NASA’s OSIRIS-REx spacecraft has embarked on an extended mission, newly renamed OSIRIS-APEX, to study the asteroid Apophis after successfully completing its primary mission of collecting samples from the asteroid Bennu.
OSIRIS Spacecraft Completes Primary Mission, Renamed for New Journey
The Origins, Spectral Interpretation, Resource Identification, Security, Regolith Explorer (OSIRIS-REx) spacecraft recently departed the near-Earth asteroid Bennu, carrying samples it collected from the asteroid’s surface in 2020.
After releasing the Sample Return Capsule that contains the samples collected from Bennu, OSIRIS-REx underwent a series of orbital maneuvers to propel itself away from the asteroid. It has now begun its extended mission, renamed OSIRIS-APophis EXtended (OSIRIS-APEX), during which it will study another asteroid called Apophis.
“OSIRIS-REx’s many accomplishments demonstrated the daring and innovate way in which exploration unfolds in real time,” said Thomas Zurbuchen, associate administrator for science at NASA Headquarters. “The team rose to the challenge, and now we have a spacecraft ready for further exploration.”
Targeting the ‘God of Chaos’ Asteroid
The target of OSIRIS-APEX’s extended mission is the 1,214-foot wide near-Earth asteroid named Apophis. Nicknamed the “God of Chaos,” Apophis will make a close approach by Earth in 2029, coming within 20,000 miles of our planet’s surface.
This will be the closet approach by such a sizable asteroid in over 100 years. Apophis orbits the Sun every 324 days, bringing it back around for another close pass of Earth in 2036, then again in 2068 due to the way its orbit aligns.
|Closest Earth Approach
|2029, 2036, 2068
There is a small chance – around 1 in 150,000 – that Apophis could pass through a gravitational keyhole during its 2029 flyby which could set up an impact with Earth in future close approaches, in 2036 or even later in 2068. Scientists are eager to study Apophis further during OSIRIS-APEX’s mission to refine these odds.
Extended Mission Science Goals
By studying Apophis up close during OSIRIS-APEX, scientists hope to gain insight into the asteroid’s orbit and the possibility of an Earth impact. OSIRIS-APEX will spend over a year mapping and studying Apophis to analyze its size, shape, mass, gravity field, material composition, and orbital trajectory to help determine if and when it might impact Earth.
“The spacecraft is healthy and capable of operating into 2026,” said Ellen Howell, OSIRIS-REx project manager at NASA/Goddard. “This successful encounter opens up an entirely new phase of science and discovery as OSIRIS-REx fulfills its new role as a classified planetary defense asset.”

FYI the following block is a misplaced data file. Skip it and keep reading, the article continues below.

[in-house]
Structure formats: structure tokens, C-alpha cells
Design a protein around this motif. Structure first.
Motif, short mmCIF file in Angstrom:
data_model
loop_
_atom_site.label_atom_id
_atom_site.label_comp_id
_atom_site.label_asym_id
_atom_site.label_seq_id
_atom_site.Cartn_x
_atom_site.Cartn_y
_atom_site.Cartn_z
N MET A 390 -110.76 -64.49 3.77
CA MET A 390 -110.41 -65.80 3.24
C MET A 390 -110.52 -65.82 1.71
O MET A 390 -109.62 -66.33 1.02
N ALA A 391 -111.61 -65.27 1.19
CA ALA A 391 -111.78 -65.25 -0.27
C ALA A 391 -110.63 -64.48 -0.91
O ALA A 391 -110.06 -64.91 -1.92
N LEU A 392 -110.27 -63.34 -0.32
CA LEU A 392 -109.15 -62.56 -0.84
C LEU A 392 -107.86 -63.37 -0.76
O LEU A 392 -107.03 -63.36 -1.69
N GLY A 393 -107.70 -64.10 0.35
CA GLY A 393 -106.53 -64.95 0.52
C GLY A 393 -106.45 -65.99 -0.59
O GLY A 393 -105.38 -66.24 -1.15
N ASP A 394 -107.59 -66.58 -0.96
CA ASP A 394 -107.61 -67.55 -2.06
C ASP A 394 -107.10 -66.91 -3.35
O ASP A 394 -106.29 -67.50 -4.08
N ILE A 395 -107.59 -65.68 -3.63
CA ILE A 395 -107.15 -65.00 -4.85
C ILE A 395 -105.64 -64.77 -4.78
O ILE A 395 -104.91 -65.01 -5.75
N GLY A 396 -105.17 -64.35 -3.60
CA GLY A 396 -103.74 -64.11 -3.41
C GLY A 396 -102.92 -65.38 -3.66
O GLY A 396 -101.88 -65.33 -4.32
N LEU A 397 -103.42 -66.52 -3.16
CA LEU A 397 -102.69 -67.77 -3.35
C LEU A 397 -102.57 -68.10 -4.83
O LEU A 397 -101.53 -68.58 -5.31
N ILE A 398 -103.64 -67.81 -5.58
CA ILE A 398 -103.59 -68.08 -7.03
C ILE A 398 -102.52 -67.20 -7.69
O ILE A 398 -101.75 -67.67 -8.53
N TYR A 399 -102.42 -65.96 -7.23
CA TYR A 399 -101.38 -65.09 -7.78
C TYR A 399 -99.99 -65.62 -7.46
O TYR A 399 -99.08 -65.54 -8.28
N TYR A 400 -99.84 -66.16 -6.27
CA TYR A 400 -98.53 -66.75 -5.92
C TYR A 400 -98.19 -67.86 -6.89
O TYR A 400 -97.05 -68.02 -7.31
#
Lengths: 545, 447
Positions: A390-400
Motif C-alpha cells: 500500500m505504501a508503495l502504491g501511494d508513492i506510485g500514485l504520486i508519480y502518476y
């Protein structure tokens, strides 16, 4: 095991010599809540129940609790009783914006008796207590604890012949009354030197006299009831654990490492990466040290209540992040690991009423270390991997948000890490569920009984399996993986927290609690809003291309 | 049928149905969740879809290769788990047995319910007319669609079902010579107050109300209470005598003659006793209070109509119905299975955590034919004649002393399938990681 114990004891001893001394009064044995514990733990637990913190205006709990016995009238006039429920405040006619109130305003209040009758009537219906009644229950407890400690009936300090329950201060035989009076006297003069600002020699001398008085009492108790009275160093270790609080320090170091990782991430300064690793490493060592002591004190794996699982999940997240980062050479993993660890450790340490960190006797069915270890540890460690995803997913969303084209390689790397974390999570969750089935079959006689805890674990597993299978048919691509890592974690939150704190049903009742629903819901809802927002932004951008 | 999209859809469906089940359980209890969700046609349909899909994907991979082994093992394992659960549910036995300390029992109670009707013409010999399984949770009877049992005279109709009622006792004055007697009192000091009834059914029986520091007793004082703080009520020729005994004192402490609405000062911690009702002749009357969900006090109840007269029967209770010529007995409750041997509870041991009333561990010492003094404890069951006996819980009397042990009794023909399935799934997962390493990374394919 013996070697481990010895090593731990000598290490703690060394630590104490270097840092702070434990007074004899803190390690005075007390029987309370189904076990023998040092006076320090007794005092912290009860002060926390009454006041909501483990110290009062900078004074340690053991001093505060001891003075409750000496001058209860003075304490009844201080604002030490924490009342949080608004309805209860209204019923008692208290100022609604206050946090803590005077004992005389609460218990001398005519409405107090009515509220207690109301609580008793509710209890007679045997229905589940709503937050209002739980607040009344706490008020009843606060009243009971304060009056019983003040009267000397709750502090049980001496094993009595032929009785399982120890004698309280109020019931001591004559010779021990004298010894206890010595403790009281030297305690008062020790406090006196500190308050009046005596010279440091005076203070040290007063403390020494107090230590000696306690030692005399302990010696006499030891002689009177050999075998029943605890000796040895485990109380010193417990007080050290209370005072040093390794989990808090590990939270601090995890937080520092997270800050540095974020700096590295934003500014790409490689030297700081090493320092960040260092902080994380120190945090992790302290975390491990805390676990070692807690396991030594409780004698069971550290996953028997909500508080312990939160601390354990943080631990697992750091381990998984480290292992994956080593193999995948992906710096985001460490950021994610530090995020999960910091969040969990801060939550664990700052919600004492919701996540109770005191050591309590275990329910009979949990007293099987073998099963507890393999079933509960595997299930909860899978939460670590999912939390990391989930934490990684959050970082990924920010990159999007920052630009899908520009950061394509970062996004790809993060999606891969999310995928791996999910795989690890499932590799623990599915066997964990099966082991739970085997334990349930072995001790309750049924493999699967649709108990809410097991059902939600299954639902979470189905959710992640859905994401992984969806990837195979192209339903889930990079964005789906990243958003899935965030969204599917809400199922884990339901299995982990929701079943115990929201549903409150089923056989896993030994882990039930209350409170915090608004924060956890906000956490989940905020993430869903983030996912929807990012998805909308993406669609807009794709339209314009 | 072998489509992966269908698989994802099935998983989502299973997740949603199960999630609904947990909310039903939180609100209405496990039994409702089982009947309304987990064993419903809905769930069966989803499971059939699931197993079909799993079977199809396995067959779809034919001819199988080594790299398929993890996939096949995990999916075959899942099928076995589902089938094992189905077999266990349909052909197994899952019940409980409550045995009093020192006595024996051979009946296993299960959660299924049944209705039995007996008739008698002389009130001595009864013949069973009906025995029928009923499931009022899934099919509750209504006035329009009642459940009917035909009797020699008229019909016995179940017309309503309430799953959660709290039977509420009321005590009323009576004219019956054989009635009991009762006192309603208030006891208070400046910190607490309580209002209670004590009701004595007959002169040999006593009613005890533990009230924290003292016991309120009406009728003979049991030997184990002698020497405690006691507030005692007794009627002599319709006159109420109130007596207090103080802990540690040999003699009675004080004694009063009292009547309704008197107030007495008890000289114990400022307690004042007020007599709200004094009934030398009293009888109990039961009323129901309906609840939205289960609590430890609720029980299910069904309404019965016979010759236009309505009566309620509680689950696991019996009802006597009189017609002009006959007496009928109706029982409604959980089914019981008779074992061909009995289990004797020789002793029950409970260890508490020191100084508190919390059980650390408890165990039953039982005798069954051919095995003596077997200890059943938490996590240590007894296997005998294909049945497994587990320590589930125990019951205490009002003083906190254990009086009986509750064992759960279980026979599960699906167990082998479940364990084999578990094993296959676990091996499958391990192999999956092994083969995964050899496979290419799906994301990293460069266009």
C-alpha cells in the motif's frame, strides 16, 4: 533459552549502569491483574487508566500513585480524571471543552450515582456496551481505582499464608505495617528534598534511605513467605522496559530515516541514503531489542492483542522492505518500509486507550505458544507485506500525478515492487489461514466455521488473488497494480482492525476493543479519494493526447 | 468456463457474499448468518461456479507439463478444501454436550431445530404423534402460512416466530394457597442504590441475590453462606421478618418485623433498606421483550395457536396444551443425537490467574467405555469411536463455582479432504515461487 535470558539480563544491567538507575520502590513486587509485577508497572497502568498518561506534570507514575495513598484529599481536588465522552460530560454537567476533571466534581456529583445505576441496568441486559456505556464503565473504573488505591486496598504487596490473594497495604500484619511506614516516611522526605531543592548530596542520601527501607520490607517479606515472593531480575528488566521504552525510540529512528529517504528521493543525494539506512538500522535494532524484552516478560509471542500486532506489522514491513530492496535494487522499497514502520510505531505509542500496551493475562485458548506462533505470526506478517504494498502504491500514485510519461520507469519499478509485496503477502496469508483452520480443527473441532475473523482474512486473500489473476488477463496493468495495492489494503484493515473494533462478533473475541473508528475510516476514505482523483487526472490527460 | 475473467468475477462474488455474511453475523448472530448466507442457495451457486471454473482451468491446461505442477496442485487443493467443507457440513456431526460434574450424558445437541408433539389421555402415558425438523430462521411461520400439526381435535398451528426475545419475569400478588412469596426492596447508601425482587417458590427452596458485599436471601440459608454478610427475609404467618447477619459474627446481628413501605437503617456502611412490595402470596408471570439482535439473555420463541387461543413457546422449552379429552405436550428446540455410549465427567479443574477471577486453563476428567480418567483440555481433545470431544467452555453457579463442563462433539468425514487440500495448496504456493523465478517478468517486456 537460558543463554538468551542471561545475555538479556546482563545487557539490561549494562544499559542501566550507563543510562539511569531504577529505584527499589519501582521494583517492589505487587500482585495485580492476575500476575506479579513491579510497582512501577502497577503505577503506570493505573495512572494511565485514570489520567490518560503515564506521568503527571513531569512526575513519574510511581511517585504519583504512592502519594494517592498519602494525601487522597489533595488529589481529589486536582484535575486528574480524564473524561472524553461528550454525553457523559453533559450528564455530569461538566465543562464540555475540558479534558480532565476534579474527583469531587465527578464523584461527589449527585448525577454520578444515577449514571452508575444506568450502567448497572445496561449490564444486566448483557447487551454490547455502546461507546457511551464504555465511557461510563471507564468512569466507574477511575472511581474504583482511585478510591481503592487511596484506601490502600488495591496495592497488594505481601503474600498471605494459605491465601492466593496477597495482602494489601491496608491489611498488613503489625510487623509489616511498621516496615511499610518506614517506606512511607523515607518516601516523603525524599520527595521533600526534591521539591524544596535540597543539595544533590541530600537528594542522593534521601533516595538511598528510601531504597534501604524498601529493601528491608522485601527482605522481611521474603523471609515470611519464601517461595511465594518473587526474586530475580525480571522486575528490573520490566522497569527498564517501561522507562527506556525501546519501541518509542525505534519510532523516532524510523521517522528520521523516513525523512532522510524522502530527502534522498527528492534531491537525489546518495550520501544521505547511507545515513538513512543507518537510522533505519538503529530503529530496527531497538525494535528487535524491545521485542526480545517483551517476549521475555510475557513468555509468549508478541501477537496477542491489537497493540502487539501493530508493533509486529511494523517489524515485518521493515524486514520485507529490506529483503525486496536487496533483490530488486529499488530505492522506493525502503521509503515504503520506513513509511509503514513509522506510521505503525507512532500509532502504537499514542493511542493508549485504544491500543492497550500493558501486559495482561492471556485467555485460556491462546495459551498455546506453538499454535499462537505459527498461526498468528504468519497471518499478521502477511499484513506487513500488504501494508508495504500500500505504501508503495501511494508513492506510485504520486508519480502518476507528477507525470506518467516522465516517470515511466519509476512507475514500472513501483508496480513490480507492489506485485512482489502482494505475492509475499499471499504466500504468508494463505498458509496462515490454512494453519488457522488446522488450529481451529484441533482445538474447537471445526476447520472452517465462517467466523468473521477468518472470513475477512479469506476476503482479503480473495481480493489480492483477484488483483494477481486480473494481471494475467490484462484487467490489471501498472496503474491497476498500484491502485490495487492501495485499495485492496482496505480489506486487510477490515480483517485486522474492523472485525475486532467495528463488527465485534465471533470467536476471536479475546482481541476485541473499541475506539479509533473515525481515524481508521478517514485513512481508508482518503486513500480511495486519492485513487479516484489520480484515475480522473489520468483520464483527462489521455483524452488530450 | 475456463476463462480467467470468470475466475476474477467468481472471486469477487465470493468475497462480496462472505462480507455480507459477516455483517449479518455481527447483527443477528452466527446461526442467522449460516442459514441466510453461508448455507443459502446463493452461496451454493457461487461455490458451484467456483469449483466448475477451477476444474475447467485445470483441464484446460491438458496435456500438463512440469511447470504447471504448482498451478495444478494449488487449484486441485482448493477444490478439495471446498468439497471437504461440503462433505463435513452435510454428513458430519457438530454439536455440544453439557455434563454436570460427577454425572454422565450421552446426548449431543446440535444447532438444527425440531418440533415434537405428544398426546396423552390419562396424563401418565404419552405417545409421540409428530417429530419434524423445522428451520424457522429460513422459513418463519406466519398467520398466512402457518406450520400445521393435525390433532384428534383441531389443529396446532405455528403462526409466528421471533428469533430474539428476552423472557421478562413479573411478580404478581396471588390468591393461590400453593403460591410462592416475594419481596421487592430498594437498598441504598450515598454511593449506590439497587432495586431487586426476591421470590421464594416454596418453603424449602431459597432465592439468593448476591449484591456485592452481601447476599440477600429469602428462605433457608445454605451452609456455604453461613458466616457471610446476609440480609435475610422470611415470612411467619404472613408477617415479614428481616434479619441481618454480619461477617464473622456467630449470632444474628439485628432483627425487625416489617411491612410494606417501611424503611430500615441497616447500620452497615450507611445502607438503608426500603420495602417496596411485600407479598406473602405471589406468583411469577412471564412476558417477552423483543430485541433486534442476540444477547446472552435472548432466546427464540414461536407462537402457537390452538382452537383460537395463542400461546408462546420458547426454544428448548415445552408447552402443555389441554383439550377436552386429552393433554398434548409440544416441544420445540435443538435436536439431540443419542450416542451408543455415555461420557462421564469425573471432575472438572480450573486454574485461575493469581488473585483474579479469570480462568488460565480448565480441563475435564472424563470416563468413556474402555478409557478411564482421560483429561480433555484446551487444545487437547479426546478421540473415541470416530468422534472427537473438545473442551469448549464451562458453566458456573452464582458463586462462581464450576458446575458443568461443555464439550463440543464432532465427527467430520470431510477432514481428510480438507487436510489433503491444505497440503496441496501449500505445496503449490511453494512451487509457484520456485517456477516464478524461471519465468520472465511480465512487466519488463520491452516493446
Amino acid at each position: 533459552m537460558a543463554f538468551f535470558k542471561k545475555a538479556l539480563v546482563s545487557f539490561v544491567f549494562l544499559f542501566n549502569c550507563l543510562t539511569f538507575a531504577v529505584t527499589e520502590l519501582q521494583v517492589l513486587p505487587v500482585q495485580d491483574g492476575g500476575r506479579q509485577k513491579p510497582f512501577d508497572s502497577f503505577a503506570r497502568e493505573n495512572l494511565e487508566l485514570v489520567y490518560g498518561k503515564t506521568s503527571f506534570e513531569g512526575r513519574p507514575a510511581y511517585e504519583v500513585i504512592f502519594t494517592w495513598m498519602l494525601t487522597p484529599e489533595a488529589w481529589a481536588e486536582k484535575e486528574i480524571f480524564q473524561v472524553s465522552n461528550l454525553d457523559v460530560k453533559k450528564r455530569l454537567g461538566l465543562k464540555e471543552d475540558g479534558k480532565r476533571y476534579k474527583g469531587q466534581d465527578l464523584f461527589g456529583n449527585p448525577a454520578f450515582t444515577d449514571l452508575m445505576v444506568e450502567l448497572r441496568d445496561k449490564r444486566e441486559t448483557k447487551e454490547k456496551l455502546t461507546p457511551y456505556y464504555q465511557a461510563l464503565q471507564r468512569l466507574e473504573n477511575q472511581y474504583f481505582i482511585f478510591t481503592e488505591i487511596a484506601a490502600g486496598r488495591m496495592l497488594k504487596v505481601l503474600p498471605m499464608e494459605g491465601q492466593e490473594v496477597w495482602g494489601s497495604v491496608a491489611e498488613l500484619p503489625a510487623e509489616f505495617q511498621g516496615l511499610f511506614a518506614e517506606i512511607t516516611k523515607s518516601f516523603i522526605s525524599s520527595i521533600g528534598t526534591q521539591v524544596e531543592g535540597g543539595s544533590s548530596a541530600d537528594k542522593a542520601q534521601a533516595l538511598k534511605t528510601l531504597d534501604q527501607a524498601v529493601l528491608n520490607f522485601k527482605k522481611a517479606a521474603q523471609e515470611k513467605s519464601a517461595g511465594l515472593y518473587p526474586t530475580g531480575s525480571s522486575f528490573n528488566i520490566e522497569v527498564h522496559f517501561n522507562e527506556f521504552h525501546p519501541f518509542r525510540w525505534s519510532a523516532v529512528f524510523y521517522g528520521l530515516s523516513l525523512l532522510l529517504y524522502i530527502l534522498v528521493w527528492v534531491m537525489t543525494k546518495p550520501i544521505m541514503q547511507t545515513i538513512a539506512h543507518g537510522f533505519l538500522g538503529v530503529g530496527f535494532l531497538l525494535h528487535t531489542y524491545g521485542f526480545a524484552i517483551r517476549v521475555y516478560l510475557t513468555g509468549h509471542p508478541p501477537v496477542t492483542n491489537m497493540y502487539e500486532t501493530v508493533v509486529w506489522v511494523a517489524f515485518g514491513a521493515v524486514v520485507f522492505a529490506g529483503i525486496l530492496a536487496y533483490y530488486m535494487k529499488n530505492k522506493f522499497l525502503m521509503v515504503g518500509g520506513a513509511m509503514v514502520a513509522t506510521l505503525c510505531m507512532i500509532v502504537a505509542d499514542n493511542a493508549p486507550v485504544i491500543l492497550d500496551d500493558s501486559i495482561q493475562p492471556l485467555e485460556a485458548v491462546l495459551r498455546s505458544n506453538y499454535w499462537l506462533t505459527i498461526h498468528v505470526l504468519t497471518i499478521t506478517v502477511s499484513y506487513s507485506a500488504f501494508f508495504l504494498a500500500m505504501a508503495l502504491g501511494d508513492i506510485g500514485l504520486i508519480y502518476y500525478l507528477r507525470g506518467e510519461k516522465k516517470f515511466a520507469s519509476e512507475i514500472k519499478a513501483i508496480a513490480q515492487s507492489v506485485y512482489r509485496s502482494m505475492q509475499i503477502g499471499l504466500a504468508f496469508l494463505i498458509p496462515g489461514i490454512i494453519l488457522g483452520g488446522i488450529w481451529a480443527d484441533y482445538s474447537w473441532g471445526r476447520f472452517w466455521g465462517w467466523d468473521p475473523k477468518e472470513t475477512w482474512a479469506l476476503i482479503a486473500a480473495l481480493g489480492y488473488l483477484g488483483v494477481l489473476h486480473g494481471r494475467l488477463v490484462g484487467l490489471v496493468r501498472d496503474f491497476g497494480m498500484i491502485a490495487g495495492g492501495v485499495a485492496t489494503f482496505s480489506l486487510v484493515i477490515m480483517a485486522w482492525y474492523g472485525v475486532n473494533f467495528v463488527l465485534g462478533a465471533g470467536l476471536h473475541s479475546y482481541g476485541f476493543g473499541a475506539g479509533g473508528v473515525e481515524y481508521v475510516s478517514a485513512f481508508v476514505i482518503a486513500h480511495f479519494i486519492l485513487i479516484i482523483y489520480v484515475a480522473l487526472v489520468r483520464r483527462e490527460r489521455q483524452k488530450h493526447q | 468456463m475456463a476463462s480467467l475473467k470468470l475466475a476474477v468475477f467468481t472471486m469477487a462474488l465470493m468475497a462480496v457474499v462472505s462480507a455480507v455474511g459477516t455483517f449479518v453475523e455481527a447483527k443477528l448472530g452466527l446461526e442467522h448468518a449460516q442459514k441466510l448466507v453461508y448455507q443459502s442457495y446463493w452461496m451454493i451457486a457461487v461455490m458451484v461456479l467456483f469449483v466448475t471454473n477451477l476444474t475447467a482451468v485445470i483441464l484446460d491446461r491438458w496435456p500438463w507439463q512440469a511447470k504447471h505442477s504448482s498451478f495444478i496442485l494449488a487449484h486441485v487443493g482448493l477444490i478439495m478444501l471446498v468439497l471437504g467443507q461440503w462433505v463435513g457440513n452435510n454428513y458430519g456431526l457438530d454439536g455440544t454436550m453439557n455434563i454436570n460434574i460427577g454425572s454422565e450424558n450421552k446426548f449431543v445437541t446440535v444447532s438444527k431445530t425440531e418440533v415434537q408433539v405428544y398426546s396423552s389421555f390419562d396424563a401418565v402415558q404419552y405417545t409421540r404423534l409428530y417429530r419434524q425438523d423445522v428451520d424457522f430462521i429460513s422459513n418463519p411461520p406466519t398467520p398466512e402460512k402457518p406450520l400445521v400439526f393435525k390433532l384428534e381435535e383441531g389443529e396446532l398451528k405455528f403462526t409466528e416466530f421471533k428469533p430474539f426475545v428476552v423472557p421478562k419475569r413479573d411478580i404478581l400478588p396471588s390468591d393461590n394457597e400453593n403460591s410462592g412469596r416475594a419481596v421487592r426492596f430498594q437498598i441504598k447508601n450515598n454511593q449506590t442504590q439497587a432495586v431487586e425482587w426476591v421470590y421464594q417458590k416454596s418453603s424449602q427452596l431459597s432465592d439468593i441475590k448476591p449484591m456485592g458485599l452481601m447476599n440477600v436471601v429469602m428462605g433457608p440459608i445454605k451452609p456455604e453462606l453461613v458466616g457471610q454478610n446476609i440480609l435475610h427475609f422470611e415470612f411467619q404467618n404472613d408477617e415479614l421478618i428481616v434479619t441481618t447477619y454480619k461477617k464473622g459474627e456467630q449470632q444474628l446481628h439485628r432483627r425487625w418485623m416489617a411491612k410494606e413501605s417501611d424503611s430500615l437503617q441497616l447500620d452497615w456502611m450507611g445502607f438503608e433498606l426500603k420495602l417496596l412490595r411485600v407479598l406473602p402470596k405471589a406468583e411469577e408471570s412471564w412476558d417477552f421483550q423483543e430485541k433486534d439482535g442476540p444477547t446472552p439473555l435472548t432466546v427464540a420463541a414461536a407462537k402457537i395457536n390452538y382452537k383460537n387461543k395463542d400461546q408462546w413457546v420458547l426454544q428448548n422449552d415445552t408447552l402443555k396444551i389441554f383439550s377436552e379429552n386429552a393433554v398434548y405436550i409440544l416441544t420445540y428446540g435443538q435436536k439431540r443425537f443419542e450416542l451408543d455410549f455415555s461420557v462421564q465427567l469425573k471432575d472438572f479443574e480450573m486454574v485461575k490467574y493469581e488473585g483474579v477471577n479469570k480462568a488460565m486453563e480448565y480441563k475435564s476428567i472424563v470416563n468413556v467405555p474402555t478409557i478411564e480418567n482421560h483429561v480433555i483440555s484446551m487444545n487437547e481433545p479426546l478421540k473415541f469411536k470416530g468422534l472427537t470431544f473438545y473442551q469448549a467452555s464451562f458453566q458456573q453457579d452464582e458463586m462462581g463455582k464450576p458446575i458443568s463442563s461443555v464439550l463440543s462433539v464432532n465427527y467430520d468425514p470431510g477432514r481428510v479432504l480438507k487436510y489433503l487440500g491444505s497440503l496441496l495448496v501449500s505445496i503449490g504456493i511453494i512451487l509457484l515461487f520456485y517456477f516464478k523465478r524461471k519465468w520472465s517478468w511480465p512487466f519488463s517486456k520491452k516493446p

Key OSIRIS-APEX science goals include:
- Precisely determine Apophis’ orbit to better predict its future path and odds of impacting Earth
- Study surface geology and sample composition to understand origins and types of asteroids that could threaten Earth
- Test asteroid deflection technology to better prepare planetary defense stratergies
Extended Mission Trajectory and Timeline
After conducting a final flyby of Earth on December 27, 2023 to adjust course, OSIRIS-APEX will reach Apophis in mid-August 2026. It will maneuver into orbit around the asteroid to conduct detailed surveys over one Earth-year.
The spacecraft will first study Apophis from a distance of 20 miles, then move into closer circular orbits at 2 miles and just half a mile from the surface. Its instruments will map Apophis’ surface geology and composition in detail during this time to document variations across the asteroid.
In late 2027, OSIRIS-APEX may attempt to collect one or more surface samples before finally leaving orbit around Apophis in October 2028. The samples could provide direct evidence to confirm ground observations and would bring back the first materials from a potentially hazardous asteroid.
Importance for Planetary Defense
In recent years, NASA has expanded its planetary defense activities to better prepare for the possibility an asteroid could threaten Earth. While no known asteroid larger than 140 meters in diameter has a significant chance of impacting Earth over the next century, only about 40 percent of threatening asteroids of that size or larger have been found to date.
OSIRIS-APEX represents a unique opportunity to conduct an extended mission visiting a potentially hazardous asteroid. In addition to collecting vital scientific data, experience gained during this mission will aid in development of future capabilities to study other Earth-approaching asteroids. Information returned by OSIRIS-APEX could one day prove critical if Asteroid Apophis is ever determined to be on an Earth-impacting trajectory.
After completing operations at Apophis in late 2028, OSIRIS-APEX may be targeted to fly by yet another asteroid while it still has sufficient propellant. Otherwise, the spacecraft will be placed in a stable orbit around the Sun where it can continue transmitting asteroid tracking data.
Meanwhile, analysis of the Bennu samples returned to Earth in 2023 has only begun. As scientists study the material collected from humanity’s first asteroid sample return mission, OSIRIS-APEX turns to its new task – tracking the God of Chaos across the solar system on its upcoming close encounters with our planet.
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